German Pinscher

FCI standard Nº 184

Origin
Germany
Translation
Mrs C. Seidler
Group
Group 2 Pinscher and Schnauzer- Molossian breeds - Swiss Mountain and Cattle Dogs
Section
Section 1 Pinscher and Schnauzer type
Working
Without working trial
Acceptance on a definitive basis by the FCI
Thursday 14 July 1955
Publication of the official valid standard
Tuesday 06 March 2007
Last update
Wednesday 18 April 2007
En français, cette race se dit
Pinscher allemand
Diese Norm ist in deutscher Sprache sichtbar
Deutscher Pinscher
En español, esta raza se dice
Pinscher Alemán
In het Nederlands, wordt dit ras gezegd
Duitse Pinscher

Usage

Watch and Companion Dog.

Brief historical summary

The smooth haired Pinscher represents a very old breed which was mentioned in the German Stud Book for dogs in 1880 already. He has the same ancestors as the Schnauzer which was also called the rough coated Pinscher. From the beginning the smooth haired Pinschers differed from the rough haired specimen in their colour and their short coat. They were mostly black with light brown markings, self coloured in various shades of brown to red, pepper and salt or simply blue-grey to black.

General appearance

The German Pinscher is smoothhaired, medium in size with proud carriage, flowing outlines, elegant and square build. He is strong like the Schnauzer. Due to his short smooth coat, his well developed muscles are clearly visible especially when he moves.

Important proportions

· In relation of length to height, his build should be as square as possible. · The length of the head (measured from the tip of the nose to the occiput) corresponds to half the length of the topline (measured from the withers to the set on of the tail).

Behaviour / temperament

His lively, spirited, self assured and evenly tempered nature combined with intelligence and endurance makes him an agreeable family, watch and companion dog.

Head

Cranial region

Skull
Strong, elongated, without markedly protruding occiput. The forehead is flat and runs parallel to the bridge of nose. 
Stop
Slight, yet clearly defined.

Facial region

Nose
Nose leather well developed and always black.
Muzzle
Ending in a blunt wedge. Bridge of nose straight.
Lips
Black, smooth and tight-fitting to the jaws; corners of mouth closed.
Jaws and teeth
Strong upper and lower jaw. The complete scissor bite (42 pure white teeth according to the dentition formula) is strong and firmly closing. The chewing muscles are strongly developed without pronounced cheeks interfering with the smooth outline.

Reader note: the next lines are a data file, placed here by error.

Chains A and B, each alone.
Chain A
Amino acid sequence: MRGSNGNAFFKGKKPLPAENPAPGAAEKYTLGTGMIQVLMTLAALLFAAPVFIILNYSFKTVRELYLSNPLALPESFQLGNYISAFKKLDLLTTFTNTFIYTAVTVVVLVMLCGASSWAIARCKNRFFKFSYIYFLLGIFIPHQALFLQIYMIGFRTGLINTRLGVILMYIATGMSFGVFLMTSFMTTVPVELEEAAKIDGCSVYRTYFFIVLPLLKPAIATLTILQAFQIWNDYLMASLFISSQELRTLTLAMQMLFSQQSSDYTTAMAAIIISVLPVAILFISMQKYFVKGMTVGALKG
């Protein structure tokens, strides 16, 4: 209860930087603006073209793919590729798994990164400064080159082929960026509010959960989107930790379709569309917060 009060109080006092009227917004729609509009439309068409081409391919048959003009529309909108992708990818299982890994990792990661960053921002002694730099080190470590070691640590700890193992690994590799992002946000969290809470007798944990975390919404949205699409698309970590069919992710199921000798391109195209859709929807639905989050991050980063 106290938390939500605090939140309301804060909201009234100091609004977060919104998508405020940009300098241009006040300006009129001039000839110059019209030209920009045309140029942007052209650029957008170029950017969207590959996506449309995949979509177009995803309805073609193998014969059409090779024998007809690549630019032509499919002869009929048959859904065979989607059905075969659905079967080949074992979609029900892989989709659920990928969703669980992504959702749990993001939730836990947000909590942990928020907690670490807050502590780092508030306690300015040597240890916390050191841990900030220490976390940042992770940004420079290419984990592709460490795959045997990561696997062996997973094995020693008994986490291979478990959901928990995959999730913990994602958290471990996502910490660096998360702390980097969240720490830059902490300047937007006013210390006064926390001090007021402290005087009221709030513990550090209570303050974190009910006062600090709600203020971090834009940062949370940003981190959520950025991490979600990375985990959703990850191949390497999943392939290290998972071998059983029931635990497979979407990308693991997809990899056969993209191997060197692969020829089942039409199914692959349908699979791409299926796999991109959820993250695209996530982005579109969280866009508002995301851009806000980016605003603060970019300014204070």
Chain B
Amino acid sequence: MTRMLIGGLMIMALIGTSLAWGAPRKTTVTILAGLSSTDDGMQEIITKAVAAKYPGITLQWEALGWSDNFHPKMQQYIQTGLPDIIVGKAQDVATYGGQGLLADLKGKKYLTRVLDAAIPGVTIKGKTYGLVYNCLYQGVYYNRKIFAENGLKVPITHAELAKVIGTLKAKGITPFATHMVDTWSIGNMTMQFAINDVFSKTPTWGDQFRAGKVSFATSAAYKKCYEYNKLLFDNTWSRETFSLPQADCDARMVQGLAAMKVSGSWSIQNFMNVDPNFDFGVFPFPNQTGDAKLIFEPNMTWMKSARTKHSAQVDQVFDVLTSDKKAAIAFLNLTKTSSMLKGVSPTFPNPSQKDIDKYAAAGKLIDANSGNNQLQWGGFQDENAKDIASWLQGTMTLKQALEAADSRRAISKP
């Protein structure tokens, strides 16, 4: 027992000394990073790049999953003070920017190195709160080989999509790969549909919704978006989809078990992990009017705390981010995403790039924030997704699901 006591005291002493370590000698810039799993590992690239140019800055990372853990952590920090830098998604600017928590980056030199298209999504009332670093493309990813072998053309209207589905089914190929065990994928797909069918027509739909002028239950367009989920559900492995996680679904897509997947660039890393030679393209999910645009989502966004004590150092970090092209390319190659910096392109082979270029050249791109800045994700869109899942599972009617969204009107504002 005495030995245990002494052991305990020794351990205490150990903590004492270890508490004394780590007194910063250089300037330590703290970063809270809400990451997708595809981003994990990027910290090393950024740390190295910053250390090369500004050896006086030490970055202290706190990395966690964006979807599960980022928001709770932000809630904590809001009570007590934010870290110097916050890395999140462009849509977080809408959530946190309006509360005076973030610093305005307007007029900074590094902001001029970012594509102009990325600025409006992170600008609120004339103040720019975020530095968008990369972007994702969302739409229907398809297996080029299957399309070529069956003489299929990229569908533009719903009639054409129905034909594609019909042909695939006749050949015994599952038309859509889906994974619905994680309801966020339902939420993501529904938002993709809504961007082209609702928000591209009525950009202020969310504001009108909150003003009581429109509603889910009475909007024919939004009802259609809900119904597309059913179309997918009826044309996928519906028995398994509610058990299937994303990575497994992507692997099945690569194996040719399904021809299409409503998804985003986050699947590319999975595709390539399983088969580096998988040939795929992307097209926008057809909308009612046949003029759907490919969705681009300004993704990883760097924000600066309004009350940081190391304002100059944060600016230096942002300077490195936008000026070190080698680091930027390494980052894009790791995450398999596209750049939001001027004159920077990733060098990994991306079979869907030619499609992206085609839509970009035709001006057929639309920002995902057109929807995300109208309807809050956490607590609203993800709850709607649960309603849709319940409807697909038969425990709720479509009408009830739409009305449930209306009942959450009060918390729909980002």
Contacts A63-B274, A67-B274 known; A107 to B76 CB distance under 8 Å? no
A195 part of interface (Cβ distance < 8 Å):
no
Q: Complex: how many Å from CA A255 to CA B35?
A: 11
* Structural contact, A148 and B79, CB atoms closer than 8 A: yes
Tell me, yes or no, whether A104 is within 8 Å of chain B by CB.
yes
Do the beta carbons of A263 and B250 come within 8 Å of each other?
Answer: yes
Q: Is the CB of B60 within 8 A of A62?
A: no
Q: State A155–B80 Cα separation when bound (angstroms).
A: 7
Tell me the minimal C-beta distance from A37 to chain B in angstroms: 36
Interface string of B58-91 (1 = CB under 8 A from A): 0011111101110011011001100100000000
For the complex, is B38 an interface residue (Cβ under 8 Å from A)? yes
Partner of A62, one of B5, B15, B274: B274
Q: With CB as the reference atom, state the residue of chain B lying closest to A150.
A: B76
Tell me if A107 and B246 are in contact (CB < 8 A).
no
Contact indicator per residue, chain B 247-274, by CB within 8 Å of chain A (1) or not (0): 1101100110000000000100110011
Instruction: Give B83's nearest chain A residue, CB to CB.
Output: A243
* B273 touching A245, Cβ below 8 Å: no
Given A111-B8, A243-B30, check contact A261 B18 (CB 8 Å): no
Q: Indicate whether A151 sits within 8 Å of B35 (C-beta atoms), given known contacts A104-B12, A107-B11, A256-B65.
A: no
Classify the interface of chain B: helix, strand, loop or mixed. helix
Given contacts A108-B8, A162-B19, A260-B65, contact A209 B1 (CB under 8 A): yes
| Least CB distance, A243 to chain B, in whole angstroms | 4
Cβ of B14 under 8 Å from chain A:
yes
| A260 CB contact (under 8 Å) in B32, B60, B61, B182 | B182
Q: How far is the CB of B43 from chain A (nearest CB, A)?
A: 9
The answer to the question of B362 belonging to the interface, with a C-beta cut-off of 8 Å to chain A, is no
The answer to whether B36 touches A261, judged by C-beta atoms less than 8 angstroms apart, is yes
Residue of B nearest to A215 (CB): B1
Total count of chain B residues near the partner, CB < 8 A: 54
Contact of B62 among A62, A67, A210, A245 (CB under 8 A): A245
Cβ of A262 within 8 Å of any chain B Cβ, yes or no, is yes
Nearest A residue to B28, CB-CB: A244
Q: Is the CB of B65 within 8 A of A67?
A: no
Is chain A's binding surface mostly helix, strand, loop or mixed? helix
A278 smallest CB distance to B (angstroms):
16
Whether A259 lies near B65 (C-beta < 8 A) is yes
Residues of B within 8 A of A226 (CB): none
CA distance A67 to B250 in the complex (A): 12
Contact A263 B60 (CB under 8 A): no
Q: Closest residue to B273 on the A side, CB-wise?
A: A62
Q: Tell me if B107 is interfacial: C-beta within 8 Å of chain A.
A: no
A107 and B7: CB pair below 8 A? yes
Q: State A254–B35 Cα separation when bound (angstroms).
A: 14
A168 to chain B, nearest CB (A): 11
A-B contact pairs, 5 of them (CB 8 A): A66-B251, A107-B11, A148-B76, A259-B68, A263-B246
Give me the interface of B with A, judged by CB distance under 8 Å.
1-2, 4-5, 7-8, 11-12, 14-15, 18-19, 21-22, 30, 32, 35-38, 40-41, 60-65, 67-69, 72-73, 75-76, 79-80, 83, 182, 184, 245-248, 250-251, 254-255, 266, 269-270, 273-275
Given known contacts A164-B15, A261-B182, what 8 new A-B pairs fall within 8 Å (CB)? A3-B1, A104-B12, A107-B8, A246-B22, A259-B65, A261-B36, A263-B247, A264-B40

Eyes
Dark, oval, with black pigmented, close fitting eyelids.
Ears
Drop ears, set high, V-shaped,with inner edges lying close to the cheeks, turned forward towards temples. Folds parallel, should not be above the top of the skull.

Neck

Nobly curved, not too short. Blending smoothly into the withers without any marked set on. Dry,without dewlap or throatiness. Throat skin tight-fitting without folds.

Body

Topline
Slightly sloping from withers towards rear.
Withers
Forming the highest point in topline.
Back
Strong, short and taut.
Loin
Short, strong and deep. The distance from last rib to hip is short to make the dog appear compact.
Croup
Slightly rounded, imperceptibly blending into tail set on.
Chest
Moderately broad, oval in diameter, reaching to the elbows. The forechest is distinctly marked by the point of the sternum.
Underline and belly
Flanks not too tucked up, forming a nicely curved line with the underside of the ribcage.

Tail

Natural; a sabre or sickle carriage is sought after.

Limbs

Forequarters

Generality
Seen from the front the front legs are strong, straight and not close together; seen from the side, the forearms are straight.
Shoulders
The shoulder blade lies close against the rib cage and is well muscled on both sides of the shoulder bone, protruding over the points of the thoracic vertebrae. As sloping as possible and well laid back. forming an angle of appr. 50° to the horizontal.